WOMEN'S CITIZENSHIP IN PERU. THE PARADOXES OF NEOPOPULISM IN LATIN AMERICA.
Rousseau, Stéphanie.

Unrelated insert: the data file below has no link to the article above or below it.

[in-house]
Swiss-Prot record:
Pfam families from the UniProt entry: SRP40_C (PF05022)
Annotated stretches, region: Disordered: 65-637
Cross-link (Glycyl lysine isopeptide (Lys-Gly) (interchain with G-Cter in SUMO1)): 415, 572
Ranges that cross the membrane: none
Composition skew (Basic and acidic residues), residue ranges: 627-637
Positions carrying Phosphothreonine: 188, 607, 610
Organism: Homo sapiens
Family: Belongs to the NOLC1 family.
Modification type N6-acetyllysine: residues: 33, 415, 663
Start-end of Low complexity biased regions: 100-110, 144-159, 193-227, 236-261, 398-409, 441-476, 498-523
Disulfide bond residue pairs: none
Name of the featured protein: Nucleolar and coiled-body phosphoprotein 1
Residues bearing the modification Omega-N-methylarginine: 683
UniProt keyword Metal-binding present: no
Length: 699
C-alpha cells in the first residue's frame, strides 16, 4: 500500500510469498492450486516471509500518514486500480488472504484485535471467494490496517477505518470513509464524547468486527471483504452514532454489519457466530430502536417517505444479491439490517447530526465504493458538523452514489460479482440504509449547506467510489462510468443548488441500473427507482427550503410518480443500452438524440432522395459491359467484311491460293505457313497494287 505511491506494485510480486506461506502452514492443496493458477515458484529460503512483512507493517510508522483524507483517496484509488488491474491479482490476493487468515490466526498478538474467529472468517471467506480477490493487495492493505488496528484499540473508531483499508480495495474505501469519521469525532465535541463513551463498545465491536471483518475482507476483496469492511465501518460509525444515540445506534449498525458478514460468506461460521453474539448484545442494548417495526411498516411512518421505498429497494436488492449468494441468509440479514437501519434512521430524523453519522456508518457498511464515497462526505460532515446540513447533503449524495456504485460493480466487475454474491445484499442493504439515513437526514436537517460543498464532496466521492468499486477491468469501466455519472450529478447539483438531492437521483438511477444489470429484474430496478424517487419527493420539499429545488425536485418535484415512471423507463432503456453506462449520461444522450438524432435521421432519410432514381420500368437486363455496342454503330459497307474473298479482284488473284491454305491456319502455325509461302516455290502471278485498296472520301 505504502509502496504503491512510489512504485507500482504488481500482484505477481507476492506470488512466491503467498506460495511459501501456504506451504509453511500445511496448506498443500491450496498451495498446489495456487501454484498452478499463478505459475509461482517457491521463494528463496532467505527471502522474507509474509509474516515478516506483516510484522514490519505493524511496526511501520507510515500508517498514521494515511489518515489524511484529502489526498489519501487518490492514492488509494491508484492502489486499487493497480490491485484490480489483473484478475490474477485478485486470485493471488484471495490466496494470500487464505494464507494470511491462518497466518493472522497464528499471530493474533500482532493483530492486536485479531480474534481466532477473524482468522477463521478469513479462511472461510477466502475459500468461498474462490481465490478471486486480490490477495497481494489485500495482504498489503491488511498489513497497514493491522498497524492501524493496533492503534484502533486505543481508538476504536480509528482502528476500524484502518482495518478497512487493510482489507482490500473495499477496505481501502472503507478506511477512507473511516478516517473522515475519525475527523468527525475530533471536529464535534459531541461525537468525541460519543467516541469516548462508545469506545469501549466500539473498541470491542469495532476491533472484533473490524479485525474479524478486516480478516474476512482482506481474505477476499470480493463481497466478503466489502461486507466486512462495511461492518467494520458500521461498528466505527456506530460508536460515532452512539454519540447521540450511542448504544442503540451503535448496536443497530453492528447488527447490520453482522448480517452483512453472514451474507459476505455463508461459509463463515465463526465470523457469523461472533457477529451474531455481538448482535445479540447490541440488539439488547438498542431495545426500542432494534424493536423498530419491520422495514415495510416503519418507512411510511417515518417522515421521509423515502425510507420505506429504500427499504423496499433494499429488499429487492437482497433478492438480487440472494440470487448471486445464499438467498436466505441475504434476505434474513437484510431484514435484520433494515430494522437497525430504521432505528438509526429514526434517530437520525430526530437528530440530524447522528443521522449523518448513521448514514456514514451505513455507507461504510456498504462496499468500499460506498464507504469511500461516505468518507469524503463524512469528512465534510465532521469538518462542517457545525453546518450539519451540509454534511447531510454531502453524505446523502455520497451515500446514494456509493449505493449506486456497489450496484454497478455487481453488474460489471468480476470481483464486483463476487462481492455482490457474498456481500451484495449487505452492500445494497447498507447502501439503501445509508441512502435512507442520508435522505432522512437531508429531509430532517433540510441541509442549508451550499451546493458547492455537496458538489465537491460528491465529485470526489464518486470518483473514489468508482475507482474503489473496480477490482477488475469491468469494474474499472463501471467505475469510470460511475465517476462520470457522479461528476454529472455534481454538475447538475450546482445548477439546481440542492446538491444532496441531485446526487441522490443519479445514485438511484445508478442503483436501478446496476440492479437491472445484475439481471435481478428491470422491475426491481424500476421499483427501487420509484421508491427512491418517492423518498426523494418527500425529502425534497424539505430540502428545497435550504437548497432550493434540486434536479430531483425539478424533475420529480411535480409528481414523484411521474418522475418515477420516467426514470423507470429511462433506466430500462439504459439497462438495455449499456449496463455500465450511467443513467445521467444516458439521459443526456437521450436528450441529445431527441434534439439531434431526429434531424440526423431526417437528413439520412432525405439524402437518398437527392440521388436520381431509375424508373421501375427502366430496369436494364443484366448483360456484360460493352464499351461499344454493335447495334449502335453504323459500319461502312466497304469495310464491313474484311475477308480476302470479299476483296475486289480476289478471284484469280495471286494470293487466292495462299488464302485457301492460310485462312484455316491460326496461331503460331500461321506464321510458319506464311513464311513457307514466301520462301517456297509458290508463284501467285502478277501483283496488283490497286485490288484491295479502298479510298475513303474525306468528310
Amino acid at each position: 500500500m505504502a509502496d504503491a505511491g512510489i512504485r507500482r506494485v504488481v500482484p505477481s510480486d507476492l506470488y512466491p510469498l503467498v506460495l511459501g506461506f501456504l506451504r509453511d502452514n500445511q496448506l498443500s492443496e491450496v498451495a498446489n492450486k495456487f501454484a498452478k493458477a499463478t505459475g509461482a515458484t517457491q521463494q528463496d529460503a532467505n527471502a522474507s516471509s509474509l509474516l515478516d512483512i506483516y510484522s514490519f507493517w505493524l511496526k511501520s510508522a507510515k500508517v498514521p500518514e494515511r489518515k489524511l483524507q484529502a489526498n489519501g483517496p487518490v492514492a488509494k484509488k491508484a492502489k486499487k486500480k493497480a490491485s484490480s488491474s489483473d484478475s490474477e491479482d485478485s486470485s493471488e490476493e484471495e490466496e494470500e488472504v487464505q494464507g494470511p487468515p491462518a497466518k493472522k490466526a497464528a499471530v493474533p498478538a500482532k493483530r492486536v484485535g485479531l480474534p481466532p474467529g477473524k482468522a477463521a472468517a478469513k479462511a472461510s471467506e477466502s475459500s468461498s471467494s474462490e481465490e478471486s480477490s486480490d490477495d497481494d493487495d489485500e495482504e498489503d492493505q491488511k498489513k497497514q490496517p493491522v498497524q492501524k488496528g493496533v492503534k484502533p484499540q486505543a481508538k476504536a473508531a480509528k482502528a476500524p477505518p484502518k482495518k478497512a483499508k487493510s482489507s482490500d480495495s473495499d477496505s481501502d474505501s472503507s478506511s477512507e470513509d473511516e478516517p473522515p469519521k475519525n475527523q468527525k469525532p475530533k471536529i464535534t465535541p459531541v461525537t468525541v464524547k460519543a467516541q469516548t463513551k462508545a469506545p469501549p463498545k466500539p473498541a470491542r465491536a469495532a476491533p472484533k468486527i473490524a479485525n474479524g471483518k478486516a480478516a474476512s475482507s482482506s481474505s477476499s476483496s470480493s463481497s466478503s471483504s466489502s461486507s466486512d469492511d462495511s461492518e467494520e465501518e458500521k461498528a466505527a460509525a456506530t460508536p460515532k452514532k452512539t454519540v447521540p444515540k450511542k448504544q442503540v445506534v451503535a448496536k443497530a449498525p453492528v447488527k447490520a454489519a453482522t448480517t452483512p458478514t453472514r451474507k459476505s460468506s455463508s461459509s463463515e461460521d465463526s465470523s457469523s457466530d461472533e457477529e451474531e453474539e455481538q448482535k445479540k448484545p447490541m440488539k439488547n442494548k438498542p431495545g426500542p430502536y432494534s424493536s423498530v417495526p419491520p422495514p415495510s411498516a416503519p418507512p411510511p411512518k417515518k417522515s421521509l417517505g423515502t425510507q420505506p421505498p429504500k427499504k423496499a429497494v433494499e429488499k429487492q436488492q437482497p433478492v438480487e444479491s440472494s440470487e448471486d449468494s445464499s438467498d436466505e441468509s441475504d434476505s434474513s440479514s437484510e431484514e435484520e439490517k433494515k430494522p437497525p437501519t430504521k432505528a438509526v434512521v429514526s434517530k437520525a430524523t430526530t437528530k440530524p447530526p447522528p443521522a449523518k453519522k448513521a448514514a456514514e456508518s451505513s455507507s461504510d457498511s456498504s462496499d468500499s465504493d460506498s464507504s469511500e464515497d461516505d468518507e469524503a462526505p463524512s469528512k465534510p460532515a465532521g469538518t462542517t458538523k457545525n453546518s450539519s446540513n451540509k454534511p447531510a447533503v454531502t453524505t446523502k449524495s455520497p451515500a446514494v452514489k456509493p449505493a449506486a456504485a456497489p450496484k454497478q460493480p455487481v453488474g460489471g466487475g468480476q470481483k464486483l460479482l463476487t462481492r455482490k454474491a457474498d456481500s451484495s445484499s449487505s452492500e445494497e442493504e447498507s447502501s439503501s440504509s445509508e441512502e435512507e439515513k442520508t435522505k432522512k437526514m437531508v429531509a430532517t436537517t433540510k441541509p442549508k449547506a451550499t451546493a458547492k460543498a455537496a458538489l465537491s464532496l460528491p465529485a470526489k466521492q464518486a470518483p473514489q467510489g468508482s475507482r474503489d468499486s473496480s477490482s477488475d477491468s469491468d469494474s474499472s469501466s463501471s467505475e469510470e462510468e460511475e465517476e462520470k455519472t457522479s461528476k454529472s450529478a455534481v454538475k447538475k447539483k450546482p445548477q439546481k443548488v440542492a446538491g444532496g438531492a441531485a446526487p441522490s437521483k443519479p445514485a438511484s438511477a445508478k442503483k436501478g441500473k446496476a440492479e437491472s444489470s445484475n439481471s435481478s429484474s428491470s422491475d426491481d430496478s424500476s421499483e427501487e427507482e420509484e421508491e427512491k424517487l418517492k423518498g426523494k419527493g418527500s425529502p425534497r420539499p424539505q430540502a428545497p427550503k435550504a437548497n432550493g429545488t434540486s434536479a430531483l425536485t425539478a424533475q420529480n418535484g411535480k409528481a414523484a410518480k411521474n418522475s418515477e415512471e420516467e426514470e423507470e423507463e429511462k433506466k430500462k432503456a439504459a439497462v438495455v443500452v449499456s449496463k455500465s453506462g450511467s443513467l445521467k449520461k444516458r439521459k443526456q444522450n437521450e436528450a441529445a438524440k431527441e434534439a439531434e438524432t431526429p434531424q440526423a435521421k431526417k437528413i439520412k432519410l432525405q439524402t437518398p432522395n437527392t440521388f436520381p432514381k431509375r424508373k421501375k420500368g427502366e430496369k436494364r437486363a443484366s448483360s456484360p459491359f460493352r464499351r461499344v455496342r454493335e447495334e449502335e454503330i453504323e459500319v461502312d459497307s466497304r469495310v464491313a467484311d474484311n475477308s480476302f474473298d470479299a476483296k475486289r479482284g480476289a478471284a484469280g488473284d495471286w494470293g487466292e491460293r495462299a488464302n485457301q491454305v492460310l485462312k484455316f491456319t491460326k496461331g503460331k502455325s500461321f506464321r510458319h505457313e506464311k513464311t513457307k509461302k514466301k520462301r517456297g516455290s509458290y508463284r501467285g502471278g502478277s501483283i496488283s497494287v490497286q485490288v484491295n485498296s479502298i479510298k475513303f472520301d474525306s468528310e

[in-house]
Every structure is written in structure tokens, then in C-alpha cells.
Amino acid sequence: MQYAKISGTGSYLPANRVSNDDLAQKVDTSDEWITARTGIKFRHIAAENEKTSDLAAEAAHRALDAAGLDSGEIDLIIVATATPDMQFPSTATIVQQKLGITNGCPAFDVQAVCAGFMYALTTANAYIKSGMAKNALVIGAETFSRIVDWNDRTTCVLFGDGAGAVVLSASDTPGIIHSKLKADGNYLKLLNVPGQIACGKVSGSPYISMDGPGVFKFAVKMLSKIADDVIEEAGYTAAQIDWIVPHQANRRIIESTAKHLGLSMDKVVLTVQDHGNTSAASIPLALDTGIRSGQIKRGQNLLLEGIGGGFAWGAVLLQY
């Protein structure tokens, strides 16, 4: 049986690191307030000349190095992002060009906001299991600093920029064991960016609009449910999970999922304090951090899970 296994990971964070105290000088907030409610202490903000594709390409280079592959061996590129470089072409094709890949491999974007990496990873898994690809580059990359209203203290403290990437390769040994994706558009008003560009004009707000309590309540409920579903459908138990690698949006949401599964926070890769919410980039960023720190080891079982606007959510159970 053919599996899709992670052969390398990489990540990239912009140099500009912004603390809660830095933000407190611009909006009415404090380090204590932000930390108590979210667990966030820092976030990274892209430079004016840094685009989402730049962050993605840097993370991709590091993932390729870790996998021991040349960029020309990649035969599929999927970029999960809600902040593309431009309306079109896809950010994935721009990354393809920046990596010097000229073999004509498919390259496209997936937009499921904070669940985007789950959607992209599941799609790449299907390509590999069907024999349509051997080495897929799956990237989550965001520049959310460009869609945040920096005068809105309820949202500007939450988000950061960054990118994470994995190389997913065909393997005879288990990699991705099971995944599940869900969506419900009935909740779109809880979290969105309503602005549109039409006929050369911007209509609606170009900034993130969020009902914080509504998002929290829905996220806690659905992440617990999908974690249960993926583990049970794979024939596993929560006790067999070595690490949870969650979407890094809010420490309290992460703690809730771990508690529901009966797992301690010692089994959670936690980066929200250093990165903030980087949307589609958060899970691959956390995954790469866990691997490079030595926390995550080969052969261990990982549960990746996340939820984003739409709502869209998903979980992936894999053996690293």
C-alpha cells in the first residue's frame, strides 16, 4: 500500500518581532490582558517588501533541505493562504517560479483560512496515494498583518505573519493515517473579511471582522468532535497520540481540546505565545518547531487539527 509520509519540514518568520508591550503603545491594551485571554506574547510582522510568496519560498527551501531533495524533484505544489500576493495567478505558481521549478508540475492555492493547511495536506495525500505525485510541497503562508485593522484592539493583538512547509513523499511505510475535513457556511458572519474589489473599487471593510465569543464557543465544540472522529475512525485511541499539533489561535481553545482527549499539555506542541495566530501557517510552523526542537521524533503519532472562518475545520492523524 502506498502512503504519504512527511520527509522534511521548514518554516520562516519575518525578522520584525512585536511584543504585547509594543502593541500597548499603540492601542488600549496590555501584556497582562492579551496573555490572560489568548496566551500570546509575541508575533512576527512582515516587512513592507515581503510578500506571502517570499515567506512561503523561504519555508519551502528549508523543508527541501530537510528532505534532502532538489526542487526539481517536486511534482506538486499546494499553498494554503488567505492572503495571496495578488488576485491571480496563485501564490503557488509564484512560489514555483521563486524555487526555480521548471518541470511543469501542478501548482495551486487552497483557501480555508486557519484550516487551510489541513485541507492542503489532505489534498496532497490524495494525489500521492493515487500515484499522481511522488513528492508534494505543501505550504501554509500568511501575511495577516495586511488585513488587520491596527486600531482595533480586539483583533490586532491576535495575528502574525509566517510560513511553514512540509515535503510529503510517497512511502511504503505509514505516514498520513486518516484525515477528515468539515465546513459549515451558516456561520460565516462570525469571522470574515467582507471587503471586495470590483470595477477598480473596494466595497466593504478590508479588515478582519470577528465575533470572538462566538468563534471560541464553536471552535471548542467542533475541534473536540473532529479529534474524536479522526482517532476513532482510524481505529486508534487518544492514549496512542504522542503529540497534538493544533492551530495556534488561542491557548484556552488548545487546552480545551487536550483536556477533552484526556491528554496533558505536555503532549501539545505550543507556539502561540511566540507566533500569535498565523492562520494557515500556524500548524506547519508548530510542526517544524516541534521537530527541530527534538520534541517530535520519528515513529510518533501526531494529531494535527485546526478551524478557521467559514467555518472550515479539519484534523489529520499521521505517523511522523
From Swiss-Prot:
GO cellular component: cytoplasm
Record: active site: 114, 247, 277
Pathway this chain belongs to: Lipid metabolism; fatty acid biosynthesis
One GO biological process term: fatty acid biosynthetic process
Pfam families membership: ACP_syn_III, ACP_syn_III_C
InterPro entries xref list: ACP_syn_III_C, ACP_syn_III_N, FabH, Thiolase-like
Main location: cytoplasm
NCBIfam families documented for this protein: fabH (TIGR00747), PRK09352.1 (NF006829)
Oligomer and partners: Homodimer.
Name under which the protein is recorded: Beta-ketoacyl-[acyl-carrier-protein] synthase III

New York: Palgrave Macmillan, 2009. 1st ed. 8vo, bds, 221 p., index, bibl. New Hardcover 9780230618152 Neopopulism is a central issue to understand women's citizenship construction in many countries of contemporary Latin America. As a specific type of political rule based on an unmediated appeal by a powerful state leader to the masses, neopopulism provides both constraints and opportunities for women's organizations to advance their claims. In Peru, President Alberto Fujimori's neopopulist politics (1990-2000) relied on a gendered set of strategies and policies that are analyzed in relation to three different sectors of the women's movement. The findings illustrate that some of the organized women that were most directly mobilized by Fujimori (the poorest) were also those who lost the most during his decade-long rule, while other women in NGOs and parties made more substantial gains. This is the first book-length case study of the gender dimensions of populism that explains the paradoxes entailed for women's participation and citizenship rights in Latin America. (Item ID: 154394)

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